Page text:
Citi is organized into two major segments – Citicorp and Citi Holdings.[94][95] Citicorp contains two core businesses, i.e. Global Consumer Banking[96] and Institutional Clients Group,[97] while Citi Holdings contains Citi's non-core businesses, i.e. Brokerage and Asset Management (formerly includes Smith Barney), Global Consumer Finance, and Citi's Special Asset Portfolios.[98]

Consumer banking[edit]

Citibank (Retail Banking)[edit]

Retail banking encompasses Citi's global branch network, branded Citibank. Citibank has more than 4,600 branches in the world and holds more than $300 billion deposits. Citibank is the fourth largest retail bank in the United States (Wells Fargo gained #3 spot in early 2016) based on deposits, and it has Citibank branded branches in countries throughout the world, with the exception of Mexico which is under a separate subsidiary called Banamex. Banamex, which serves about 20 million clients, is Mexico's largest local financial institution as measured by assets. Citibank offers Citibank/Citigold Checking and Savings accounts, Small Business and Commercial Banking and Personal Wealth Management among its services. In 2011, Citi is the first bank to introduce digitized Smart Banking branches in Washington, D.C., New York, Tokyo and Busan (South Korea) while continued renovating its entire branch network.[99][100] New sales and service centers were also opened in Moscow and St. Petersburg. Citi Express modules, 24-hour service units, were introduced in Colombia. Citi recently opened new branches in three new cities in China as part of its plan to expand Citi's presence in People's Republic of China to 13 cities.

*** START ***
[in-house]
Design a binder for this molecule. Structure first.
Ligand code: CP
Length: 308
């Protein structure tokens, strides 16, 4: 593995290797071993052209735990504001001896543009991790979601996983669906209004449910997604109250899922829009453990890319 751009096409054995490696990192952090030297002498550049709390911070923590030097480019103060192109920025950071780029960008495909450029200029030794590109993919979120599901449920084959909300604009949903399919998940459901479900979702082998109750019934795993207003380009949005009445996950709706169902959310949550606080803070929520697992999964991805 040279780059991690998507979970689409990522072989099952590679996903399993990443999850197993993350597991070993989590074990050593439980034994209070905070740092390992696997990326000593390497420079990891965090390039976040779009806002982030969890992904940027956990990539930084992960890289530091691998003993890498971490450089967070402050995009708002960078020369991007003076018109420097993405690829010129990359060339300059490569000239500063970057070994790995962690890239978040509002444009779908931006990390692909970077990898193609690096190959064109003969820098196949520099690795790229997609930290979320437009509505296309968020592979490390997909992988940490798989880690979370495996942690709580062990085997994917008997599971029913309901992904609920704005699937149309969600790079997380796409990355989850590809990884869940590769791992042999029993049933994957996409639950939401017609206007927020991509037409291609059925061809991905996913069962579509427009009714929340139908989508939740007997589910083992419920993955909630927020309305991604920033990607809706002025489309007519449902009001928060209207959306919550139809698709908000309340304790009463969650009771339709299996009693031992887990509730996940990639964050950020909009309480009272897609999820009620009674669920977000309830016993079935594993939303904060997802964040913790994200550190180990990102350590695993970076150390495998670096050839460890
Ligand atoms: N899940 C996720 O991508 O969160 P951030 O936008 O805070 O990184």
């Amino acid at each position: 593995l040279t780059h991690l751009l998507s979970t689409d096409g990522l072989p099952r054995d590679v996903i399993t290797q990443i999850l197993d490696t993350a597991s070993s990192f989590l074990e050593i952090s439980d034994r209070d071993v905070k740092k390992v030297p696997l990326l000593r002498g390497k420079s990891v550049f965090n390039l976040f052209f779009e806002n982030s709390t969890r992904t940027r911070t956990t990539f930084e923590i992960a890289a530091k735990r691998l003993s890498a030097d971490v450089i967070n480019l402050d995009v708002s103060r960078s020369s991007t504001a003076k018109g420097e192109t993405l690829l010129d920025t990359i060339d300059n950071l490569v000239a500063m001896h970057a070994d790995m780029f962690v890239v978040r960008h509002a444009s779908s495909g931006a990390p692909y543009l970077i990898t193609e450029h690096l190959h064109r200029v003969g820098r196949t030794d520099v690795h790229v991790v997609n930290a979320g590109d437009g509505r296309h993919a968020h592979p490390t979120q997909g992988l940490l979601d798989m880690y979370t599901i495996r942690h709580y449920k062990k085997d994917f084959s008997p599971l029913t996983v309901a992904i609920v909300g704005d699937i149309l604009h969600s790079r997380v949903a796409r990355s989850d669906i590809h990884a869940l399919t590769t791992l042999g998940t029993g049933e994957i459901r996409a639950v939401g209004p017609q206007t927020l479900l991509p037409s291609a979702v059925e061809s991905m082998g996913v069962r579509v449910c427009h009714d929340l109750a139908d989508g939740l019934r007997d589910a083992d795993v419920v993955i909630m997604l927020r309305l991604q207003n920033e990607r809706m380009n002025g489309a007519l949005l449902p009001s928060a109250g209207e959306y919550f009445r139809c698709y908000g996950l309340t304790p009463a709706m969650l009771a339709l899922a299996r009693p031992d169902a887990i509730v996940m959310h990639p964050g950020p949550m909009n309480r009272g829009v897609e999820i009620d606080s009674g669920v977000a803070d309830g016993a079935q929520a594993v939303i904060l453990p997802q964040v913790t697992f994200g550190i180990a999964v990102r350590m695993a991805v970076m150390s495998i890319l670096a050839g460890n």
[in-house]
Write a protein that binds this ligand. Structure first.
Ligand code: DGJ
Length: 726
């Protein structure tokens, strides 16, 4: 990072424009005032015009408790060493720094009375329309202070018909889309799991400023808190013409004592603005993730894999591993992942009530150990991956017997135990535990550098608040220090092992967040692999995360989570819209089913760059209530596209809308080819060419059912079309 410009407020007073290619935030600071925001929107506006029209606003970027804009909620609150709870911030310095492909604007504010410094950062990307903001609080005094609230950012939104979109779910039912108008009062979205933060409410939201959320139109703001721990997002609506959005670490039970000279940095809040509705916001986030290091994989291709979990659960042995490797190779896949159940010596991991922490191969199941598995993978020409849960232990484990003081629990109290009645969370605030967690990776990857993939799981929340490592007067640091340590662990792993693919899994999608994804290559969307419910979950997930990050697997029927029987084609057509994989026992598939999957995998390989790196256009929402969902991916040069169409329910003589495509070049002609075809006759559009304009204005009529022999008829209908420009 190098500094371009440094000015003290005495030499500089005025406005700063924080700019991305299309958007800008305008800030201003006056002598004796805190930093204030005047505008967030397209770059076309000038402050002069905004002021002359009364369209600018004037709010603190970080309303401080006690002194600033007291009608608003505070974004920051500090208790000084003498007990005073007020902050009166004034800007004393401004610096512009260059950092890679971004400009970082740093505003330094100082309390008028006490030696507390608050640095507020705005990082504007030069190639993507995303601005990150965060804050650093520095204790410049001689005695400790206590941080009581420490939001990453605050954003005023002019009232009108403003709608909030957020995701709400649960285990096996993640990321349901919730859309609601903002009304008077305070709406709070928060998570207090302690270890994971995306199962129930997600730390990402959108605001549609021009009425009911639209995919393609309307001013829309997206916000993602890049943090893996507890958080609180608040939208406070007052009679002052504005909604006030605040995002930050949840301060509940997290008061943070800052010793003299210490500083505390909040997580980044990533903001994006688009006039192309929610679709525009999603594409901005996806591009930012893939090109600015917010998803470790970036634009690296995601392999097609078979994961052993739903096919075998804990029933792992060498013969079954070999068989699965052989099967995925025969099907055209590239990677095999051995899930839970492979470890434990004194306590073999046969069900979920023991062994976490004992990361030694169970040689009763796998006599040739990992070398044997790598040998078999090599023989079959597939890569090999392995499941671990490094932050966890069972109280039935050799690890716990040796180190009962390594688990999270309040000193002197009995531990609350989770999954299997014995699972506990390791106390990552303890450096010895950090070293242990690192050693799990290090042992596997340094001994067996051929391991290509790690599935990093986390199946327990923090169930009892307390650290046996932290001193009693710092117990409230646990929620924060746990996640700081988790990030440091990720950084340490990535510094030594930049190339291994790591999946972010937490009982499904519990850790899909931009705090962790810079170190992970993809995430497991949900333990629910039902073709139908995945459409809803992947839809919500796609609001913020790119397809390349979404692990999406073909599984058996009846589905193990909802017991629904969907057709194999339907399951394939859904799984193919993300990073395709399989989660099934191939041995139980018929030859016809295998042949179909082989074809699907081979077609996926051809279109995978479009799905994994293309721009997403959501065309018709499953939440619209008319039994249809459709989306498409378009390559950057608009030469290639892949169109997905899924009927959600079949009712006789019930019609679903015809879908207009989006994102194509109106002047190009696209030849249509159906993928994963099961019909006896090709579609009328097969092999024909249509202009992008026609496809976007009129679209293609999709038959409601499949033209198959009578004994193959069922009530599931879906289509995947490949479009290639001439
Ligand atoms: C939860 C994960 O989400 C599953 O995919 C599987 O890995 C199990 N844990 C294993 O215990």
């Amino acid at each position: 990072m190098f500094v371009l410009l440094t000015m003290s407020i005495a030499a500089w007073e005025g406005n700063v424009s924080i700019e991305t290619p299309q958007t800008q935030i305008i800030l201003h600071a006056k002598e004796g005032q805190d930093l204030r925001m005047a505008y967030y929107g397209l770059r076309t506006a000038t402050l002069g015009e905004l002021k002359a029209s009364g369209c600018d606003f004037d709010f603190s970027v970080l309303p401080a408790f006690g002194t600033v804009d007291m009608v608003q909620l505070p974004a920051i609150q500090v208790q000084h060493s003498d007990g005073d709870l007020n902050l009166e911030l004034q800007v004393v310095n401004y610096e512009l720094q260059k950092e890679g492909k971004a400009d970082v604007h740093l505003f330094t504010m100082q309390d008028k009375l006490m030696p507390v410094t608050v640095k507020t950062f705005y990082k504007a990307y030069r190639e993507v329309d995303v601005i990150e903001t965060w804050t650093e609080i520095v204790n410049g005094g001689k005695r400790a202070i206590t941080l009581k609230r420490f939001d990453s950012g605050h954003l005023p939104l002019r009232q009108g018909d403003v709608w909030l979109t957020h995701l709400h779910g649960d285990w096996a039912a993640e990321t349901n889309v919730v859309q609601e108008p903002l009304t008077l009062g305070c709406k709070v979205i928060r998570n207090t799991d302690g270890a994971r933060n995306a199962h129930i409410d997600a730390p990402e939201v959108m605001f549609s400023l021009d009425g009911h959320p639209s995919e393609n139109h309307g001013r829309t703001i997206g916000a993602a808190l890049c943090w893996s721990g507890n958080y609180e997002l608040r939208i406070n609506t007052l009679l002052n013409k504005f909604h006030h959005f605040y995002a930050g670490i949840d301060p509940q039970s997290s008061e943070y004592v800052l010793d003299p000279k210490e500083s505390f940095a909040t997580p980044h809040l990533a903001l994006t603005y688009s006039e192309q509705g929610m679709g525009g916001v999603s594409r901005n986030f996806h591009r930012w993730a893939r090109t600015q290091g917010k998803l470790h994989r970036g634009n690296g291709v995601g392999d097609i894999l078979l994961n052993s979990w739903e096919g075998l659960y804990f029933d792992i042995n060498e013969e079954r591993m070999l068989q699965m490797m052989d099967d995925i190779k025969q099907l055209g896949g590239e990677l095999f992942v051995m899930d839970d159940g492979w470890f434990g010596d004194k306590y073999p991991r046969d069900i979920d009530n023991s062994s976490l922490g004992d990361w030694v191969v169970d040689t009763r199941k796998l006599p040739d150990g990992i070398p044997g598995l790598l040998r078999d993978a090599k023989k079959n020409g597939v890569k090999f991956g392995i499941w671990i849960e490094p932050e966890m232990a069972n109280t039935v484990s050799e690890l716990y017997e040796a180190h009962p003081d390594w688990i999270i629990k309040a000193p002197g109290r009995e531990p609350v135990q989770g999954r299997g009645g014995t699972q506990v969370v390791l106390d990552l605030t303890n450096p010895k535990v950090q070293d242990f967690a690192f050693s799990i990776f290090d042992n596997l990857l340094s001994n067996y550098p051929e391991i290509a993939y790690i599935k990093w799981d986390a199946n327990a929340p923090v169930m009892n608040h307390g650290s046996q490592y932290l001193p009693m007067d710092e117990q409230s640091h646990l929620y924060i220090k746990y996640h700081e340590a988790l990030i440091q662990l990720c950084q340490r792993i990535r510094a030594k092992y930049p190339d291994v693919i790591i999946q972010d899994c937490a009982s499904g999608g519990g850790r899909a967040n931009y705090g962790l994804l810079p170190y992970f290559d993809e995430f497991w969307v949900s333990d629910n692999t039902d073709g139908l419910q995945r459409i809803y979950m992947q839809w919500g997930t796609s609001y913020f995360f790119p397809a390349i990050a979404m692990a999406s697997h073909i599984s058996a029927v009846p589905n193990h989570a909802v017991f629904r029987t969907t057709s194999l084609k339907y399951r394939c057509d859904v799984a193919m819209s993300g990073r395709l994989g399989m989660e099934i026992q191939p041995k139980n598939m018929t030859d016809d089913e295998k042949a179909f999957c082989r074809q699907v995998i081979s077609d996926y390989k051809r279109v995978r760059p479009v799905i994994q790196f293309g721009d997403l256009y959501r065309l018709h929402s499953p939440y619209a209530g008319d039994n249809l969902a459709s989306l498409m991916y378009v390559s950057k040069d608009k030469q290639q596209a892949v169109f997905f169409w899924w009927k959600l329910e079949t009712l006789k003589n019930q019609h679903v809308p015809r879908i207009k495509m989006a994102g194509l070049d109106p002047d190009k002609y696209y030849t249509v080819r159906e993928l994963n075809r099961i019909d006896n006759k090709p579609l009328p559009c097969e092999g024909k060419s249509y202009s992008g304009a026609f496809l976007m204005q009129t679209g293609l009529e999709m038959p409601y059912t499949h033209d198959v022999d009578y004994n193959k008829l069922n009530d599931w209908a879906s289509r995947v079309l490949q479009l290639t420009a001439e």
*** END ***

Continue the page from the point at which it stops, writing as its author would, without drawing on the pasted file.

Additionally, Citibank offers Citigold services world-wide to mass affluent clients with at least $50,000 USD in liquid assets. In certain markets, Citigold Select is available for clients with at least $500,000 in liquid assets.[101] Its highest tiered service, Citigold Private Client, is for high-net-worth individuals with at least $1–$3 million in liquid assets (depending on the market region) and offers access to investments and ideas from Citi Private Bank.[102][103][104][105][106]

Citi Branded Cards[edit]

Citi Branded Cards is one of the world's largest credit card issuers. Citi Branded Cards is responsible for around 40% of the profits with GCB, and represents the largest issuer of credit cards across the world as well as a 3,800-point ATM network across 45 countries. Citi Branded Cards introduced several new products in 2011, including: Citi ThankYou, Citi Executive/AAdvantage and Citi Simplicity cards in the U.S.. It also has Latin America partnership cards with Colombia-based airline Avianca and with Banamex and AeroMexico; and a merchant loyalty program in Europe. Citibank is also the first and currently the only international bank to be approved by Chinese regulators to issue credit cards under its own brand without cooperating with Chinese state-owned domestic banks.[107]

Citi Retail Services[edit]

Citi Retail Services moved from Citi Holdings to become part of GCB in 2012 after expanding several existing partnerships with retail clients, and re-branding to reflect the suite of services offered to partners.[108] It is one of the largest providers of consumer and commercial credit card products, services, and retail solutions in the U.S.[109]

Citi Commercial Bank[edit]

Commercial Banking at Citi serves 100,000 small to medium-size companies in 32 countries.[110]


CitiMortgage services real estate mortgages.[111][112]

Institutional Clients Group[edit]

Citi's Institutional Clients Group (ICG) offers investment and corporate banking services and products for corporates, governments, institutions, and ultra high-net-worth investors.

Containing Citi's most market-sensitive divisions, ICG consists of five main divisions: Citi Capital Markets Origination, Citi Markets & Securities Services (including Citi Research), Citi Corporate & Investment Banking, Citi Private Bank, and Citi Treasury and Trade Solutions.

Citi Capital Markets Origination[edit]